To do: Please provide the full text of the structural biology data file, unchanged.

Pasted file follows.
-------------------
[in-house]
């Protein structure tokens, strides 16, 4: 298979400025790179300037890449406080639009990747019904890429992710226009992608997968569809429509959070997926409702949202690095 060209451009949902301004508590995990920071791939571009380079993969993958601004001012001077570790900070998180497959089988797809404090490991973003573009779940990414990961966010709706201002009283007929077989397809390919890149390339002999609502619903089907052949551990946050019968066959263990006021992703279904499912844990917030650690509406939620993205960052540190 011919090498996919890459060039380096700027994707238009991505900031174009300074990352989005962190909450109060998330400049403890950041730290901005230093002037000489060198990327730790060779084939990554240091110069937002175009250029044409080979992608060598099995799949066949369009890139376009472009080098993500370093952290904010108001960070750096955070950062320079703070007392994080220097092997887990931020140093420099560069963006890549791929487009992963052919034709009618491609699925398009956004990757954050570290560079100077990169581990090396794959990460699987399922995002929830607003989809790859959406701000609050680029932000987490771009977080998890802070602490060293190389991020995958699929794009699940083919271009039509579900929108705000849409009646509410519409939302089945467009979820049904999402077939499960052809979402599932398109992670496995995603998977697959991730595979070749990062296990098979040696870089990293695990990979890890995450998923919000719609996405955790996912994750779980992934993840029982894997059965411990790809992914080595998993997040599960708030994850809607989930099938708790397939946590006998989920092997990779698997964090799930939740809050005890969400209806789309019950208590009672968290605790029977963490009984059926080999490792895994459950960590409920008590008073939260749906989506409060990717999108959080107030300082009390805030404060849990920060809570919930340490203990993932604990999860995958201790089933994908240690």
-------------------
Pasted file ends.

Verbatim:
[in-house]
């Protein structure tokens, strides 16, 4: 298979400025790179300037890449406080639009990747019904890429992710226009992608997968569809429509959070997926409702949202690095 060209451009949902301004508590995990920071791939571009380079993969993958601004001012001077570790900070998180497959089988797809404090490991973003573009779940990414990961966010709706201002009283007929077989397809390919890149390339002999609502619903089907052949551990946050019968066959263990006021992703279904499912844990917030650690509406939620993205960052540190 011919090498996919890459060039380096700027994707238009991505900031174009300074990352989005962190909450109060998330400049403890950041730290901005230093002037000489060198990327730790060779084939990554240091110069937002175009250029044409080979992608060598099995799949066949369009890139376009472009080098993500370093952290904010108001960070750096955070950062320079703070007392994080220097092997887990931020140093420099560069963006890549791929487009992963052919034709009618491609699925398009956004990757954050570290560079100077990169581990090396794959990460699987399922995002929830607003989809790859959406701000609050680029932000987490771009977080998890802070602490060293190389991020995958699929794009699940083919271009039509579900929108705000849409009646509410519409939302089945467009979820049904999402077939499960052809979402599932398109992670496995995603998977697959991730595979070749990062296990098979040696870089990293695990990979890890995450998923919000719609996405955790996912994750779980992934993840029982894997059965411990790809992914080595998993997040599960708030994850809607989930099938708790397939946590006998989920092997990779698997964090799930939740809050005890969400209806789309019950208590009672968290605790029977963490009984059926080999490792895994459950960590409920008590008073939260749906989506409060990717999108959080107030300082009390805030404060849990920060809570919930340490203990993932604990999860995958201790089933994908240690």